Coaches usually mean well, but they often come from a management background in an organization where work is assigned to developers and answers mainly come from management. This creates a pattern of developers expecting problems to be solved by management. We want to create a new pattern, where they solve most of the problems on their own.
Coaches need to coach developers through these pattern changes. This requires emboldening them and sometimes creating a void that they must fill themselves.
A good practice for coaches is to ask questions - even questions they might know the answer to - and to wait for the answer. The practice is to silently count to 10 seconds after you ask the question. Don't be surprised if it takes 6-7 seconds before someone speaks up...long silences can be uncomfortable for a developer who knows the answer, but is a bit shy in speaking up. If you get to 10 seconds and no one has spoken up, ask a bridge question; a question that is easier to answer and gets you halfway there.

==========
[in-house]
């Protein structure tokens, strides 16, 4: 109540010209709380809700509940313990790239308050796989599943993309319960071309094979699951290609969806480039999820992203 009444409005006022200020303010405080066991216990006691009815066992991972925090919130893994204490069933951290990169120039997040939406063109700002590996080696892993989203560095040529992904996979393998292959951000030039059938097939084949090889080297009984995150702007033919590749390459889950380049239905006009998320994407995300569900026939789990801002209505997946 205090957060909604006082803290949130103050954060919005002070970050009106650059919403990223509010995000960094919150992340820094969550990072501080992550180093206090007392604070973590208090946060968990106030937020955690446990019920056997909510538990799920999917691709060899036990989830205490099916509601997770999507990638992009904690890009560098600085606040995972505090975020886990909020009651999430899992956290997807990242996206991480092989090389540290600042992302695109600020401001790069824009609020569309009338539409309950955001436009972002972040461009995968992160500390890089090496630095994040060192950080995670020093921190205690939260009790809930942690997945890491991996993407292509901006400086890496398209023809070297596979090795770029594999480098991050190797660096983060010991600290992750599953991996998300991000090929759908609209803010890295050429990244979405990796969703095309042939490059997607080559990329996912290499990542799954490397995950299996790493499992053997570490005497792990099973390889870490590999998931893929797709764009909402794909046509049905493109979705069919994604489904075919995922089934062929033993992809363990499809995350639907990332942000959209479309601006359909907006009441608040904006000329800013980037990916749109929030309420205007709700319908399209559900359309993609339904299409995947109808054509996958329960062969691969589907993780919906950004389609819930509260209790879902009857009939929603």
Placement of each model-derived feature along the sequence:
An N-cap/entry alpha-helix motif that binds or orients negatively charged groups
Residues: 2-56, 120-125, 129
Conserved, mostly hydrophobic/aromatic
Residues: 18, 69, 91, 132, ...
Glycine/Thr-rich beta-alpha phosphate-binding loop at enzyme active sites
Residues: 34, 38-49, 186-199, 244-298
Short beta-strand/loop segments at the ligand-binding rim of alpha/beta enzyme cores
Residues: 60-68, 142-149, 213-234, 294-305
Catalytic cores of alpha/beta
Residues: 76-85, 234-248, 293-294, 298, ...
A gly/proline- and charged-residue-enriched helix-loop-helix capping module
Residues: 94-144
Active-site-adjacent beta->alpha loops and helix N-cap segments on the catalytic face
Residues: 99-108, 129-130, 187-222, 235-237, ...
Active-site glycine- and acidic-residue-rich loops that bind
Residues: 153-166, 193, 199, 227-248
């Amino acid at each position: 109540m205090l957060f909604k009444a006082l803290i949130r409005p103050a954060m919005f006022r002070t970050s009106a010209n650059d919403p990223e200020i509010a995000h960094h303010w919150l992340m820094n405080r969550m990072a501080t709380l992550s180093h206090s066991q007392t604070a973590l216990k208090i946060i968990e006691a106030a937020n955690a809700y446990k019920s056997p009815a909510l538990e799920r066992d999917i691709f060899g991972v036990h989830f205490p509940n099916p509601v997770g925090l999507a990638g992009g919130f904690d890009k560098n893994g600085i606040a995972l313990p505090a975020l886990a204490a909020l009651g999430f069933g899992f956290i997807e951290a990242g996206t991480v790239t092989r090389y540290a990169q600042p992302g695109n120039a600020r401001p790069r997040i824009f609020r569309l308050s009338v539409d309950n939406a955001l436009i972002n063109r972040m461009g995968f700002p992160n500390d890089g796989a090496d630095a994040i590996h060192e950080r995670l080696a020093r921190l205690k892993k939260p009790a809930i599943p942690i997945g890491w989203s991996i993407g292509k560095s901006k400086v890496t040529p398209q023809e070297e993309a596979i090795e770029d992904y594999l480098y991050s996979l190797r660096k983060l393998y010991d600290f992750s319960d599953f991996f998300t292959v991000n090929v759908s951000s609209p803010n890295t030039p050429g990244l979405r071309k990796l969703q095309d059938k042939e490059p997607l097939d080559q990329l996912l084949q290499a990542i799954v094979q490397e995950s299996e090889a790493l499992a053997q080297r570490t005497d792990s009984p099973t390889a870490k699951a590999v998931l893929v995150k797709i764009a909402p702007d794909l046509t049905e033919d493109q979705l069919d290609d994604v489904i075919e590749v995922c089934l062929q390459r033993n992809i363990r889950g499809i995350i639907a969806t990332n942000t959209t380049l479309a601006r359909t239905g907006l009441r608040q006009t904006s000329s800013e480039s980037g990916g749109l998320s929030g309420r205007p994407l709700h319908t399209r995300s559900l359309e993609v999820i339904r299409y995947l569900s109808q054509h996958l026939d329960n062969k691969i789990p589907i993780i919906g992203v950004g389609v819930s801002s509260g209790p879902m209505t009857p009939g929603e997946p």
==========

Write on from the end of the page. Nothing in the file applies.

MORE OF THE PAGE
Coach: "Are we on track to hit our sprint goal this week?"
Silent count to 10.
Coach: "OK, are there any things that you might be worried about?"
After a few seconds a developer speaks up: "I'm not sure I'm creating the right animations for the melee".
Another developer speaks up: "I can sit with you after the meeting and go over what we need".
Creating a pattern of solving problems among developers, without direct management supervision will give you one of the greatest benefits of self-organization. Having eight people solving 90% of the problems is a lot more efficient and effective than you being the bottleneck.